Two batters into Wednesday night's game, Jordan Zimmermann and the Nationals were down a run, a pair of Yankees having already connected for base hits. Four batters in, and the score was 2-0, as the crowd of 37,648 — at least, the portion of it that wasn't still making its way into the park — began to murmur.
Zimmermann was murmuring to himself, as well, as he stood on the mound during that potentially disastrous first frame of the night.
"I told myself: 'Gotta hold them here. We're going to score runs,'" the right-hander said later. "And I was able to do that."
Indeed, Zimmermann's ability to shut the Yankees out for the next six innings played a key role in what eventually became a 3-2 Nationals victory and a 2-game series sweep of their vaunted opponents.
Zimmermann hasn't always looked like his usual self this season, so the first-inning jam perhaps left some worried about what was to come. Neither he nor anyone in the Nats dugout, though, was concerned after Brett Gardner singled to right and Carlos Beltran doubled to right-center to open the game.
"Jordan was really good, on the corners down in the zone," said manager Matt Williams, who watched much of the game on a clubhouse TV after getting ejected in the third inning along with Bryce Harper. "Gardner got a bloop hit, and then the double. They did a good job of moving him over to third and scoring the second one. But from then on, he was really good."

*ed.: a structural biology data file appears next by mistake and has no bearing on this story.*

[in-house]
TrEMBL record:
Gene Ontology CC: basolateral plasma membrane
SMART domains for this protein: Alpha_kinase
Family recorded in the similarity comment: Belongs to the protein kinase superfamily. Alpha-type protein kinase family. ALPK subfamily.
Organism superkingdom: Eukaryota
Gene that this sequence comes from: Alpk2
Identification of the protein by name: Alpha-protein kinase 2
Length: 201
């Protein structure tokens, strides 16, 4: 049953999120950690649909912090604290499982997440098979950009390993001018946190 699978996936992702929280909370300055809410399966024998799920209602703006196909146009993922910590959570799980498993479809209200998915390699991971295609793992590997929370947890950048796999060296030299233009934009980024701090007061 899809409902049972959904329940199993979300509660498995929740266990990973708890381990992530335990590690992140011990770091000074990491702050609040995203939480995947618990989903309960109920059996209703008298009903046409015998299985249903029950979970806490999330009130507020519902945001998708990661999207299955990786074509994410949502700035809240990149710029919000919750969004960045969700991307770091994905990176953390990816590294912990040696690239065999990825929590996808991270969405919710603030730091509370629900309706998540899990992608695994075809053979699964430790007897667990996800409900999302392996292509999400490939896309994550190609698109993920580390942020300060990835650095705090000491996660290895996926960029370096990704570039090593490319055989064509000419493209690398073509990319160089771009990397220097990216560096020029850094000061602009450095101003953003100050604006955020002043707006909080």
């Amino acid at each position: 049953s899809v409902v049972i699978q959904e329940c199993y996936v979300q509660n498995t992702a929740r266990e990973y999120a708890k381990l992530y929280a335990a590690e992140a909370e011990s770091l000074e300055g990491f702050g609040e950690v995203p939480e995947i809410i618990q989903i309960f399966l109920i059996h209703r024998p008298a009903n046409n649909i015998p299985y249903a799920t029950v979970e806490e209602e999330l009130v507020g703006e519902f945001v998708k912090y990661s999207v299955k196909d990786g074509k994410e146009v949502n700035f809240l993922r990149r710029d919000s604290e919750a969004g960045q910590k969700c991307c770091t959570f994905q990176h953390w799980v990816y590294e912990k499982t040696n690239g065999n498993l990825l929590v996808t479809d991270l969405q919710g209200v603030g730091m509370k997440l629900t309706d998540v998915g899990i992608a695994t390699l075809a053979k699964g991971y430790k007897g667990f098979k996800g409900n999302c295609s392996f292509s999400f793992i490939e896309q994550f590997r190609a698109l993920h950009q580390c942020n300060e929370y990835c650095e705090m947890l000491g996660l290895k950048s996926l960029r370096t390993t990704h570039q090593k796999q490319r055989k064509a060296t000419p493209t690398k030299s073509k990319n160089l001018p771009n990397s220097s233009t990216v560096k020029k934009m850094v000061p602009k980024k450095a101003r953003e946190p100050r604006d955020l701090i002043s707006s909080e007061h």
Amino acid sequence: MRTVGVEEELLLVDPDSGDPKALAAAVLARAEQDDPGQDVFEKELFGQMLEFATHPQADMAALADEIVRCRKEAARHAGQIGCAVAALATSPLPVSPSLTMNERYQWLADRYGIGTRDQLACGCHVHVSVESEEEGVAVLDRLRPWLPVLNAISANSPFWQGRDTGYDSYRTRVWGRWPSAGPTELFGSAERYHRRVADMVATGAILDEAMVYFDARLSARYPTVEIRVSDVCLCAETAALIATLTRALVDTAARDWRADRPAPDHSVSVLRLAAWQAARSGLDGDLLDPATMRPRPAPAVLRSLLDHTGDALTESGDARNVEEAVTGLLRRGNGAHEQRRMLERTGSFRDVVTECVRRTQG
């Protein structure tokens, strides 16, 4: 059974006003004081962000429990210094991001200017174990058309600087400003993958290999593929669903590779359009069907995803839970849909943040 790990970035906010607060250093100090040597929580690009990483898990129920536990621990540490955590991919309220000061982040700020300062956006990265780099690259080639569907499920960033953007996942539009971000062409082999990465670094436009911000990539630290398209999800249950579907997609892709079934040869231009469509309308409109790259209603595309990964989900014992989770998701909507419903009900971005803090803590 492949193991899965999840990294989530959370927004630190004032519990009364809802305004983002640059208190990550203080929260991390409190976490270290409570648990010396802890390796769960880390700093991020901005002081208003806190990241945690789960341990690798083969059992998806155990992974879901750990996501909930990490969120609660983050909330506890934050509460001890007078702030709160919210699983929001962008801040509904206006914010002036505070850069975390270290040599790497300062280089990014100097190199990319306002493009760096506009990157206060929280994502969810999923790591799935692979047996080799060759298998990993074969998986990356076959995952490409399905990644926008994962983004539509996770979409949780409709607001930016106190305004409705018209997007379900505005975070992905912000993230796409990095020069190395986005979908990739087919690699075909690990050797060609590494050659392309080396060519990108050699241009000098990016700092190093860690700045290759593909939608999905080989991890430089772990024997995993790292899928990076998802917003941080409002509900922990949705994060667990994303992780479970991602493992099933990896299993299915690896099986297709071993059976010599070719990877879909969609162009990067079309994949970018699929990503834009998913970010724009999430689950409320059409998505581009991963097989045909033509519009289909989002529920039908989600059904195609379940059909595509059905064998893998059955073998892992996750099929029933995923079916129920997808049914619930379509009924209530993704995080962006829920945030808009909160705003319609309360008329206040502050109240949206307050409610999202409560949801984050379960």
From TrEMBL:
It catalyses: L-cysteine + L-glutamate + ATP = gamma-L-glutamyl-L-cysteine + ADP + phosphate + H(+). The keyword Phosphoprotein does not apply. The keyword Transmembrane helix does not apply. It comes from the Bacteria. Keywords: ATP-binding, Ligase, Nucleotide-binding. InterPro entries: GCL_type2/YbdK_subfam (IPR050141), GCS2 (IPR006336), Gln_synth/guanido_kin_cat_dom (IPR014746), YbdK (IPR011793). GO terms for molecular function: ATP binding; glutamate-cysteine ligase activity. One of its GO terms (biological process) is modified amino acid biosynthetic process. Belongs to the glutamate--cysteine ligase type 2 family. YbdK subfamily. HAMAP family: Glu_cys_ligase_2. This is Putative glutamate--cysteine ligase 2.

Zimmermann's explanation for the brief early struggle: Not enough variety in his pitch selection.
"First inning was just ... they were on the fastball, and I just left a few over the middle," he said. "I like to try and go a few innings with just the fastball, but I had to break everything out right away after the first."
Once he began turning to his curveball and slider, especially early in the count, Zimmermann cruised. He needed only 41 pitches to complete his next four innings, leaving him with plenty of gas in the tank for the latter stages of the game. He wound up throwing 88 total pitches over his seven innings, allowing just three singles and a walk from the second through the seventh.
"I just told myself: 'You have to start mixing it up and you can't throw first-pitch fastballs to all these guys,'" he said. "They're all good fastball hitters. I started throwing the curve and the slider and got them off-balance and was able to go seven."
And thanks to his teammates' late rally, Zimmermann was rewarded with a win, his fourth in a season that on the surface has appeared a bit inconsistent but actually has been quite impressive with one exception.
Throw out his disastrous start in Boston on April 13 — he was tagged by the Red Sox for seven earned runs in only 2 1/3 innings — and Zimmermann is 4-1 with a 2.45 ERA, 1.13 WHIP and 3.6-to-1 strikeout-to-walk ratio that isn't far off from his career mark.